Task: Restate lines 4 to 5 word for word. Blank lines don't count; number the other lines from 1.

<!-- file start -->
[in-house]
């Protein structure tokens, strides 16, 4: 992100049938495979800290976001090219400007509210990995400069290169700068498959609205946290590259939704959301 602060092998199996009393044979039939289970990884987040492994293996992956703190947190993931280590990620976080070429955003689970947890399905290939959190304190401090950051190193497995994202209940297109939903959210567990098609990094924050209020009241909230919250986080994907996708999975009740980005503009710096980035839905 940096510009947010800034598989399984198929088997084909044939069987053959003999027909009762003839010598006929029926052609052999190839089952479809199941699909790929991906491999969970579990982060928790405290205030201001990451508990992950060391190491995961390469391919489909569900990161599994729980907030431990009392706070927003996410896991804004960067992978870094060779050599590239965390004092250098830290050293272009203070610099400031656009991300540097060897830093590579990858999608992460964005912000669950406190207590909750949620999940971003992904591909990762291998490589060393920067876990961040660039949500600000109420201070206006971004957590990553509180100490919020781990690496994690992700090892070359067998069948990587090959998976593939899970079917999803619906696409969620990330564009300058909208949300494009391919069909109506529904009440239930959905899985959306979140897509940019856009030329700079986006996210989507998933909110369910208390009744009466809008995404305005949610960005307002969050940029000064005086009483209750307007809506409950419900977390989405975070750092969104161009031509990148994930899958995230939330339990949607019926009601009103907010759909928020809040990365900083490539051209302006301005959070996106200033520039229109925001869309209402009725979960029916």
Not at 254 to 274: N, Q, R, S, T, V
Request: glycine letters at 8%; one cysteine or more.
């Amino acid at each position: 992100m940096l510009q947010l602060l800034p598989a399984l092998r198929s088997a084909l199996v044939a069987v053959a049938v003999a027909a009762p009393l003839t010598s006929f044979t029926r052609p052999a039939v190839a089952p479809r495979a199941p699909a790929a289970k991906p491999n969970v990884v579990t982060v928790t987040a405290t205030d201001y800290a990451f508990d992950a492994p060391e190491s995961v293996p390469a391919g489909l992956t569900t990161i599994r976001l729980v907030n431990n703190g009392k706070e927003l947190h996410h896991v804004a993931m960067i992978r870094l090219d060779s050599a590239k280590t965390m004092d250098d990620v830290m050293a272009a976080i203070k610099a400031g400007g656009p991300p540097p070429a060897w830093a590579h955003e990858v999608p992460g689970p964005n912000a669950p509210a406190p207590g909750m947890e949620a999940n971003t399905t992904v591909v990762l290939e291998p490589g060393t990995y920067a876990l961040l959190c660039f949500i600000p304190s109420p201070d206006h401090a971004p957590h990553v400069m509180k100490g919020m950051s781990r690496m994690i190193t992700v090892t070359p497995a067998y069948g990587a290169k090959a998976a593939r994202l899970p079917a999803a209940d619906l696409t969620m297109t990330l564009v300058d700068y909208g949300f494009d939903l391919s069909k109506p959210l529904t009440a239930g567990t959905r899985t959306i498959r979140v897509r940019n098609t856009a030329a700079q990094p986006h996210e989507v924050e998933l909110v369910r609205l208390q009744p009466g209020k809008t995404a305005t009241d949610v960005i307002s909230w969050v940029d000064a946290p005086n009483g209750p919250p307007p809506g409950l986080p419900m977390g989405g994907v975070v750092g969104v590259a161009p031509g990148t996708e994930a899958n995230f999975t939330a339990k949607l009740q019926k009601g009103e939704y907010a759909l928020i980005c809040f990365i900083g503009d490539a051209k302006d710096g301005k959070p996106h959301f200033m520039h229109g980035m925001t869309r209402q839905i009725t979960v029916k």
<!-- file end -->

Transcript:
Request: glycine letters at 8%; one cysteine or more.
């Amino acid at each position: 992100m940096l510009q947010l602060l800034p598989a399984l092998r198929s088997a084909l199996v044939a069987v053959a049938v003999a027909a009762p009393l003839t010598s006929f044979t029926r052609p052999a039939v190839a089952p479809r495979a199941p699909a790929a289970k991906p491999n969970v990884v579990t982060v928790t987040a405290t205030d201001y800290a990451f508990d992950a492994p060391e190491s995961v293996p390469a391919g489909l992956t569900t990161i599994r976001l729980v907030n431990n703190g009392k706070e927003l947190h996410h896991v804004a993931m960067i992978r870094l090219d060779s050599a590239k280590t965390m004092d250098d990620v830290m050293a272009a976080i203070k610099a400031g400007g656009p991300p540097p070429a060897w830093a590579h955003e990858v999608p992460g689970p964005n912000a669950p509210a406190p207590g909750m947890e949620a999940n971003t399905t992904v591909v990762l290939e291998p490589g060393t990995y920067a876990l961040l959190c660039f949500i600000p304190s109420p201070d206006h401090a971004p957590h990553v400069m509180k100490g919020m950051s781990r690496m994690i190193t992700v090892t070359p497995a067998y069948g990587a290169k090959a998976a593939r994202l899970p079917a999803a209940d619906l696409t969620m297109t990330l564009v300058d700068y909208g949300f494009d939903l391919s069909k109506p959210l529904t009440a239930g567990t959905r899985t959306i498959r979140v897509r940019n098609t856009a030329a700079q990094p986006h996210e989507v924050e998933l909110v369910r609205l208390q009744p009466g209020k809008t995404a305005t009241d949610v960005i307002s909230w969050v940029d000064a946290p005086n009483g209750p919250p307007p809506g409950l986080p419900m977390g989405g994907v975070v750092g969104v590259a161009p031509g990148t996708e994930a899958n995230f999975t939330a339990k949607l009740q019926k009601g009103e939704y907010a759909l928020i980005c809040f990365i900083g503009d490539a051209k302006d710096g301005k959070p996106h959301f200033m520039h229109g980035m925001t869309r209402q839905i009725t979960v029916k």